Friday, May 22, 2015

Senate Rejects NSA Bill

With the "Compromise bill" falling 3 votes short of passing in the Senate, the NSA domestic spying program is threatened with expired authority. Meaning, if a law is not passed soon that remediates the issue, the NSA as we know it will cease to exist. However many people believe that would be a good thing. With time being eaten up by filibusters from the likes of Senator Rand Paul, senators describing the program as an illegal abuse of power, there are others who claim the program is vital for national security. What do you think? Should the NSA be kept in existence or in some other form? Or should it be completely dissolved? 

5 comments:

Christian Carlson said...

I don't think that the keeping the NSA is necessarily a bad thing. The organization is fundamentally one of security, which I believe to be important. Though the recent scandals and controversy surrounding it are definitely areas of concern that should addressed. If the NSA sort of sheds its negative image and works towards something better, it should definitely stay.

Jeremiah Rondeau said...

I support the "USA Freedom Act" because I enjoy freedom, and support the USA.

EDIT: That's embarrassing-- it should appear that passing the current "USA Freedom Act" neither supports freedom nor American values. What a shocking misnomer.

The bulk data collection of the NSA is wrong on many grounds. Although the constitutional/philosophical/moral ramifications of such policy are usually the ones addressed, this program makes no sense on practical grounds either.

Whenever those who defend the NSA argue for the agency, they use broad goals such as "security" (which Christian used above). Why is that? Shouldn't they be able to point to a working soccer mom who's life has been saved by the program? They likely would, if such a story existed. Every threat stopped by the NSA was either created by the government (a confused Muslim kid is talked into planting a fake bomb by an FBI agent, etc.) or could have been stopped using a legal warrant.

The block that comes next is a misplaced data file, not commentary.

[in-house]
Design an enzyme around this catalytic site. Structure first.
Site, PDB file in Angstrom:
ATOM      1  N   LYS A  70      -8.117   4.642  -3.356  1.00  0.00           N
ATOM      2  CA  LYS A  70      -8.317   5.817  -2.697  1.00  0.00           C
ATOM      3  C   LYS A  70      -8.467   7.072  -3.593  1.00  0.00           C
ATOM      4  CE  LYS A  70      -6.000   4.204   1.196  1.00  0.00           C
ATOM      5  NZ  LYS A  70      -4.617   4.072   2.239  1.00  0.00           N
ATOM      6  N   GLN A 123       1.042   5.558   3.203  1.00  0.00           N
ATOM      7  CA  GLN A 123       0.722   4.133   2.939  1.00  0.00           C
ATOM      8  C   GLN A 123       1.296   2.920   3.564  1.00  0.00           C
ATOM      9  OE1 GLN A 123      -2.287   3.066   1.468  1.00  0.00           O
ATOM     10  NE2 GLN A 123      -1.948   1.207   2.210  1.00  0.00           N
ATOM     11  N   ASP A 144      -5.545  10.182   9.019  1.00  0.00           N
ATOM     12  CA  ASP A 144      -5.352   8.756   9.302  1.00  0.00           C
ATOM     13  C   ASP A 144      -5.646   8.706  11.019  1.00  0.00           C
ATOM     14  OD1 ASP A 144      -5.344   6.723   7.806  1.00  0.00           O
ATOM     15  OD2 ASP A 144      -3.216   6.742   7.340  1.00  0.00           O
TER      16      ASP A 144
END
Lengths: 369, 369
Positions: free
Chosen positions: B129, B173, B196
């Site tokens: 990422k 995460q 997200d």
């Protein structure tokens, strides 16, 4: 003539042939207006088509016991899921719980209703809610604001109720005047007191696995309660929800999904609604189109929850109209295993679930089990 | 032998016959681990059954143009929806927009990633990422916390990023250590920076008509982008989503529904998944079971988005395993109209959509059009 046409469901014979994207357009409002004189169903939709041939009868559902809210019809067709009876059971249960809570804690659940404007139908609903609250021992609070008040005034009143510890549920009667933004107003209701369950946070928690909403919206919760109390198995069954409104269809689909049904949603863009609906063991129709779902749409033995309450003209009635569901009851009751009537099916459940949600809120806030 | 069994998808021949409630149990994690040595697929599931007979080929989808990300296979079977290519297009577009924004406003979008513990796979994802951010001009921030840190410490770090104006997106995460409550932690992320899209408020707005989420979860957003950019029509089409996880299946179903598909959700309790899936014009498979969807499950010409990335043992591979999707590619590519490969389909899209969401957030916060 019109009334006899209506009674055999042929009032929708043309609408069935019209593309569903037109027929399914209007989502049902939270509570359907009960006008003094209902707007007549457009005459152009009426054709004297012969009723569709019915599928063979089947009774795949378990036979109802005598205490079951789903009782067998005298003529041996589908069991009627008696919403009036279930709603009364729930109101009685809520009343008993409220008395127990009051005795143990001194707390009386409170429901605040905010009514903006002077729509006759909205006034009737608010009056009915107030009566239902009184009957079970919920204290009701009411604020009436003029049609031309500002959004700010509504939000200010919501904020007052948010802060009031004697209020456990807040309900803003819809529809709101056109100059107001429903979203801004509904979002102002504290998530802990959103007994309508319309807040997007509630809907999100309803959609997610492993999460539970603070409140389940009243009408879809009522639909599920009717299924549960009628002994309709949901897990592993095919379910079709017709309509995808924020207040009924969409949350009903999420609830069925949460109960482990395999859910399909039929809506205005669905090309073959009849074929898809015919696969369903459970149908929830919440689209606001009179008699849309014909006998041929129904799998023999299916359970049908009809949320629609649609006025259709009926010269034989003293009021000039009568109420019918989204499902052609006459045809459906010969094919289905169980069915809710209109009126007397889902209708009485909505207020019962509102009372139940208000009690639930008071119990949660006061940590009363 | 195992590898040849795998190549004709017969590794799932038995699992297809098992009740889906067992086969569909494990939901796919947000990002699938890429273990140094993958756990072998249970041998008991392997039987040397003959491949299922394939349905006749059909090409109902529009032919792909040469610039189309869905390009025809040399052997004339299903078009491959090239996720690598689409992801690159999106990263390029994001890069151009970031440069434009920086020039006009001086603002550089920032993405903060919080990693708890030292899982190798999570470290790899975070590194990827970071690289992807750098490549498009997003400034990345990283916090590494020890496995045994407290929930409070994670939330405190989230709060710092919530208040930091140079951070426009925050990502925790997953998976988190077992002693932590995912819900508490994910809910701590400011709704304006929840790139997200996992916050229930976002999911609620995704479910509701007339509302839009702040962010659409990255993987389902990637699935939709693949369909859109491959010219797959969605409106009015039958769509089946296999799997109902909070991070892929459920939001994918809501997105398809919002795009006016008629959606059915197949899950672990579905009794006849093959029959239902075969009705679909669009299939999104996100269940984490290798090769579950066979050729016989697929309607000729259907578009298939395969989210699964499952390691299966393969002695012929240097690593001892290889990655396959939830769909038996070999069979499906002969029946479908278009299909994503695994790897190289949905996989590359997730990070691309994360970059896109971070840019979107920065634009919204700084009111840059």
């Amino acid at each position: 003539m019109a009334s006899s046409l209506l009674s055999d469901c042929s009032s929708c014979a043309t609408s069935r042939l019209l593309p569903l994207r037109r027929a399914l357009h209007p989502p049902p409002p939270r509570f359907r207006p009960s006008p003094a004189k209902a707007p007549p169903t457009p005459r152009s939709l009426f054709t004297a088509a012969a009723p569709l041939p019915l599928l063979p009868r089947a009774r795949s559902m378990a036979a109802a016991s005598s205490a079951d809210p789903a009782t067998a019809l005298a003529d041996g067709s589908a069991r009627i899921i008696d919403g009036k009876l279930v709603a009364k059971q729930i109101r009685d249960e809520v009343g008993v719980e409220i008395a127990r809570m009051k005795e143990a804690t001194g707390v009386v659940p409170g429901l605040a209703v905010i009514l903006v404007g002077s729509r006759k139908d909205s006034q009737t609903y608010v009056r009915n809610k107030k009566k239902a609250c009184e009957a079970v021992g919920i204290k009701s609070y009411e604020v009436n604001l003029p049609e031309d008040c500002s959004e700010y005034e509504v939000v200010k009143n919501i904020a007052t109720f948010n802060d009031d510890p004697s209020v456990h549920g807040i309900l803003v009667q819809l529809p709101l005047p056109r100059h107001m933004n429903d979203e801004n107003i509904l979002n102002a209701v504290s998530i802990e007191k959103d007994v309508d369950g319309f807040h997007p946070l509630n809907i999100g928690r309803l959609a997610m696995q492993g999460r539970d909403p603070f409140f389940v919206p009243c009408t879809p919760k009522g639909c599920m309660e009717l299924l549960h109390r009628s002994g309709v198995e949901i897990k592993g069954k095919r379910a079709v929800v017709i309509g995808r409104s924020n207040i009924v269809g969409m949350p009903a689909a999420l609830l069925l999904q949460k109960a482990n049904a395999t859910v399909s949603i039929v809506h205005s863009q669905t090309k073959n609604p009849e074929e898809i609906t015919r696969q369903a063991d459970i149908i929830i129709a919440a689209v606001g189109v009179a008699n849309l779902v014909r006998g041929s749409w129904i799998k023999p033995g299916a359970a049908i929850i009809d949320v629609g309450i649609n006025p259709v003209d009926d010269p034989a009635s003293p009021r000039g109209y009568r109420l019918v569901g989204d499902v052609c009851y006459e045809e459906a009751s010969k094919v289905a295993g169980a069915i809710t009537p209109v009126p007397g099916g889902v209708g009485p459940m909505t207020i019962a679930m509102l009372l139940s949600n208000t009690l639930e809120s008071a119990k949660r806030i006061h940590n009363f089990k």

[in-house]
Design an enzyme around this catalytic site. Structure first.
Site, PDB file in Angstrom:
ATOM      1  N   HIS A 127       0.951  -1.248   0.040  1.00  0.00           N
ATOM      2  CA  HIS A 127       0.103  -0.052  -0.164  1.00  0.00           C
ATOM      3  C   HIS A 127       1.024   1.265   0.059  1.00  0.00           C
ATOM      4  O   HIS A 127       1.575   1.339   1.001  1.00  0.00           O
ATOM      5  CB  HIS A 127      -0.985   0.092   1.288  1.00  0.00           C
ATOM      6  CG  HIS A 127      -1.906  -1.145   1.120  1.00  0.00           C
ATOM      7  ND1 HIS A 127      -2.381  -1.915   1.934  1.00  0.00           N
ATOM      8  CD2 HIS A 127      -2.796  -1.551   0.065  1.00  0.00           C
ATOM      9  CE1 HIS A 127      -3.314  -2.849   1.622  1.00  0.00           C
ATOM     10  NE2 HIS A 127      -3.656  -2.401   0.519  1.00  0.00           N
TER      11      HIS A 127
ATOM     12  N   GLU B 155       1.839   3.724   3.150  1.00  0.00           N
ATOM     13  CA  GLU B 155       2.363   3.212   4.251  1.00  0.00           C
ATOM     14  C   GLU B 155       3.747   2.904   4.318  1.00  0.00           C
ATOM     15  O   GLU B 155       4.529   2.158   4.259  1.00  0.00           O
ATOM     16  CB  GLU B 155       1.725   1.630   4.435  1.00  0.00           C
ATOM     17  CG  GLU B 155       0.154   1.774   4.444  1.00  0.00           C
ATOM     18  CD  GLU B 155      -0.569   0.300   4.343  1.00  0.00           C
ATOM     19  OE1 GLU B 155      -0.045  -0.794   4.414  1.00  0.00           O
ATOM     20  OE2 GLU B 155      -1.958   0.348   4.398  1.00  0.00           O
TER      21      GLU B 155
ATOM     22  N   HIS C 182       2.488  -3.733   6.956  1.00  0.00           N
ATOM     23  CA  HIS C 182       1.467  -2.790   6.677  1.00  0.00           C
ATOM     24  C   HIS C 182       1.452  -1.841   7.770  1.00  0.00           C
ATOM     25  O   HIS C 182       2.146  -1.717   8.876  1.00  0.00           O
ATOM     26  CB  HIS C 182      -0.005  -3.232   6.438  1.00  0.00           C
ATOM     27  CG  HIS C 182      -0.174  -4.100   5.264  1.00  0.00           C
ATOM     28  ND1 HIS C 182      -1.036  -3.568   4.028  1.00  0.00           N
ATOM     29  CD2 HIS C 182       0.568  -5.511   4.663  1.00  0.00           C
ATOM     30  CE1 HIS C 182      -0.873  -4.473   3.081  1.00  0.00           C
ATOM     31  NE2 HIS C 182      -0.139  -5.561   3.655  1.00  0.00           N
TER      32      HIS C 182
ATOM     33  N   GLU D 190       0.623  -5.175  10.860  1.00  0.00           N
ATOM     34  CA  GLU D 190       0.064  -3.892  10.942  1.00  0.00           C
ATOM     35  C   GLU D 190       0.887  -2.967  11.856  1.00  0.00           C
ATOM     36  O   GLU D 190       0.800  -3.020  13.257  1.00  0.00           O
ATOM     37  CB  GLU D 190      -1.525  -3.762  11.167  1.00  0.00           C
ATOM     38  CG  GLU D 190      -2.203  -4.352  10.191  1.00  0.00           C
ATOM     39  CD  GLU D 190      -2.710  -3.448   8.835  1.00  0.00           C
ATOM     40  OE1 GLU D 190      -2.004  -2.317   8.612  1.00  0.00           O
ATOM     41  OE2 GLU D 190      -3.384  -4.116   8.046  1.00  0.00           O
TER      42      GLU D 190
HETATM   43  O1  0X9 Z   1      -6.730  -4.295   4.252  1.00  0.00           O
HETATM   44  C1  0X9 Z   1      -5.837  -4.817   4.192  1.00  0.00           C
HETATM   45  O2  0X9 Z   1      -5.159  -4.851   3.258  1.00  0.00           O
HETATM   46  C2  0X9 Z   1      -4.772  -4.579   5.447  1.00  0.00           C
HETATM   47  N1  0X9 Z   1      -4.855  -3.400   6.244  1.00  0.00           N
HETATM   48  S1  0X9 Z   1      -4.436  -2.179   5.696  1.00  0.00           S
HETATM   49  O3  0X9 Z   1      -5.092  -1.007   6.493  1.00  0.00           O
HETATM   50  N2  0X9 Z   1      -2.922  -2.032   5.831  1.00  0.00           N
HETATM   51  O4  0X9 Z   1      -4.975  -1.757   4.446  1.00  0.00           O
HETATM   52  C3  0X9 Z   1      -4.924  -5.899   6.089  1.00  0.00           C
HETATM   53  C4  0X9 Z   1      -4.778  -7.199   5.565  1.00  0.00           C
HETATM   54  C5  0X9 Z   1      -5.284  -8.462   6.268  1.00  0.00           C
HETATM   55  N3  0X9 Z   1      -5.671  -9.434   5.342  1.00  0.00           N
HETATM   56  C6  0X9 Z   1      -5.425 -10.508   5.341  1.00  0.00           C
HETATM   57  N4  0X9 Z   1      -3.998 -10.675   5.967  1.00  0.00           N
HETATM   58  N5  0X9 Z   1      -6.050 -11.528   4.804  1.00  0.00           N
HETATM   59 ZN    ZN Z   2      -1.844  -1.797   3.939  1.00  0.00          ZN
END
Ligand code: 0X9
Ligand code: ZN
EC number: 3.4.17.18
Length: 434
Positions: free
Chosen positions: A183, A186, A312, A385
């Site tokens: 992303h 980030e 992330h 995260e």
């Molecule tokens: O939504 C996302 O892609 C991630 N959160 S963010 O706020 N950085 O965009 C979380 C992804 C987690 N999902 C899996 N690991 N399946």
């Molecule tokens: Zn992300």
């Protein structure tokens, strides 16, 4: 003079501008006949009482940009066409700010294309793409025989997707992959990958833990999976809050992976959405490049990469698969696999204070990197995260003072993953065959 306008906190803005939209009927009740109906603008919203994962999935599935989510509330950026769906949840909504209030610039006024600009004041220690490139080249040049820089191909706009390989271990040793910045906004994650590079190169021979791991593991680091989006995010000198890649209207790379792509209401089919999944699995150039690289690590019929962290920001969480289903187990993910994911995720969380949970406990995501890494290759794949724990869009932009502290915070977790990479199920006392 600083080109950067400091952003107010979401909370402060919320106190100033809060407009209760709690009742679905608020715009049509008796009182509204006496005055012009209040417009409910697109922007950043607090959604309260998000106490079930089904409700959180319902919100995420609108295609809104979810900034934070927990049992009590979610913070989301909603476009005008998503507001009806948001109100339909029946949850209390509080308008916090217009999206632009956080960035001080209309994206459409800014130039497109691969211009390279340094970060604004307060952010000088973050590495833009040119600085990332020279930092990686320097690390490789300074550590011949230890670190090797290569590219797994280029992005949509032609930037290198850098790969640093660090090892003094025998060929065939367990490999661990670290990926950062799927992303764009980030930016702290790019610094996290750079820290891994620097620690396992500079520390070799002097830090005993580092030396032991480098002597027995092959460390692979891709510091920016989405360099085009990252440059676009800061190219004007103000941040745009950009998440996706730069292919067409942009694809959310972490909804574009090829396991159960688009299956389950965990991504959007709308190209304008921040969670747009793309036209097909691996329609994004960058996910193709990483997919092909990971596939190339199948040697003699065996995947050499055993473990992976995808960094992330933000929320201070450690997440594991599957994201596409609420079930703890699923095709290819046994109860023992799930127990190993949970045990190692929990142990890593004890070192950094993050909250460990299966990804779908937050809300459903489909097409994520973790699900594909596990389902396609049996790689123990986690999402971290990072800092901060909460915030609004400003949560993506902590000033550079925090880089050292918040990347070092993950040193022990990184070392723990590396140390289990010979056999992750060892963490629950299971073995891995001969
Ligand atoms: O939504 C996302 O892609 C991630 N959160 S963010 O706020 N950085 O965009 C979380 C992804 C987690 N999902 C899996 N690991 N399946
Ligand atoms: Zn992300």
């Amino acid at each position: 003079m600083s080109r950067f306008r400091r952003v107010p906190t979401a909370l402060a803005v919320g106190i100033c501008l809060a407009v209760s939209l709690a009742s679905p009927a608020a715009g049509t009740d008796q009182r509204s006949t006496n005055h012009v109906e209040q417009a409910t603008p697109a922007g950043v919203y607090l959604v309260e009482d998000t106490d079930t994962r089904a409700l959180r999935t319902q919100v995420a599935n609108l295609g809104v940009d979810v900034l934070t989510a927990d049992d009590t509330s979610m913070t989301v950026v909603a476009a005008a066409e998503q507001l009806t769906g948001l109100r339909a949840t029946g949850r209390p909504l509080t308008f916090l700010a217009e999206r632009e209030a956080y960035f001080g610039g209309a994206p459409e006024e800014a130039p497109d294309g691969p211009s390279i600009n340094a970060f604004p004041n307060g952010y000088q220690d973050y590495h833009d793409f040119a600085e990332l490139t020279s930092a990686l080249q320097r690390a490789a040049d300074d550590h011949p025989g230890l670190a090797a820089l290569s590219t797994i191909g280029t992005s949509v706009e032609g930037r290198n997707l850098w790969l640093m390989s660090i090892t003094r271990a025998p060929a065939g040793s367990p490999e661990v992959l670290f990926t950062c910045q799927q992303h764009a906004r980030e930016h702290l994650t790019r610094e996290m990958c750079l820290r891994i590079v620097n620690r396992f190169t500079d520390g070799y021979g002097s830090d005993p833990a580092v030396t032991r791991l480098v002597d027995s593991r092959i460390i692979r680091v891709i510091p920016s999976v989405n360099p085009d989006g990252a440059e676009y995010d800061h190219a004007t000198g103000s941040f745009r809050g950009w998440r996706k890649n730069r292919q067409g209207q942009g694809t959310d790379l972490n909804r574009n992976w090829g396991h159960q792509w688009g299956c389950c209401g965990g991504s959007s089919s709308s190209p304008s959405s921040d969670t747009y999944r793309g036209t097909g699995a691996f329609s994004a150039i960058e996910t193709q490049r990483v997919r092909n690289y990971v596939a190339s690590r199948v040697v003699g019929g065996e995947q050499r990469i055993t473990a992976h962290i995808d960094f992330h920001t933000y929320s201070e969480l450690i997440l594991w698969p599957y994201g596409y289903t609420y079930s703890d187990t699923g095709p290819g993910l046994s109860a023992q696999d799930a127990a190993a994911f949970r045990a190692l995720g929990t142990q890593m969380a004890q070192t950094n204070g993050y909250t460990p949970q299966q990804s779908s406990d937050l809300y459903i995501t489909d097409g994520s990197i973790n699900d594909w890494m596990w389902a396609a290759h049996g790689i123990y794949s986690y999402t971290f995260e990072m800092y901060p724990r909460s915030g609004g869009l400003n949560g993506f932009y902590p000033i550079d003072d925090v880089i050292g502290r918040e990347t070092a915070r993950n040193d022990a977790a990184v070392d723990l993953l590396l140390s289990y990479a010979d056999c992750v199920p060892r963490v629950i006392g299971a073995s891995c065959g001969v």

Paul isn't saying that the government should be unable to monitor the communications of suspected terrorists. That's what warrants are for. He is simply arguing that the NSA should not be able to monitor those of us who (probably) aren't suspected terrorists.

Jeremiah Rondeau said...

Perhaps just as important, this schism provides hope for the Republican party's future. The article included 2008 nominee John McCain putting Paul on blast for not bending to the whim of "the majority" (the party leadership).

In the 1990's Ted Turner (the billionaire founder of CNN, TBS, etc.) wanted his own wrestling program (WCW Nitro) to outrank WWE Raw. This was achieved by paying a group of former WWE wrestlers (known as the New World Order) to declare war on Turner's brand. Every week they would destroy sets, make fun of Turner's employees, and degrade the titles. It worked-- controversy was created, and regardless of which side of the perceived controversy fans took, Turner made money (they were watching his network).

In politics, the most vocal libertarians (Paul, Amash, etc.) and most vocal authoritarians (Graham, Mitch, etc.) both belong to the Republican party. Which side of this controversy are you on? Both choices have an (R) next to their names. Perhaps that's more useful than party unity.

Ben Maison said...

I don't agree with the younger Paul on everything, but when he challenges the security status quo, I support his actions. Really it's a question of how much ability should the tools the government has have? They would swear up and down the river that every single check goes through a court system warrant, but there has been evidence which points to another story. When case after case comes out that even common staff of the NSA were using the system to spy on their family and acquaintances, it puts to question just how many barriers there are between your data and an interested party.

Douglas Kirsher said...

We live in a complicated time. Technology not only is a part of our lives, in some ways it controls our lives. Our founding fathers could never imagined the technology we have today. Is the NSA domestic spying program necessarily a bad thing? I don’t think the NSA bill is that bad because as I understand it, it involves collection of data that is only used if there is suspicion of a threat against the country. With the threat of terrorist attacks high, we need the tools to protect the United States even if some people think it is too intrusive to our civil liberties.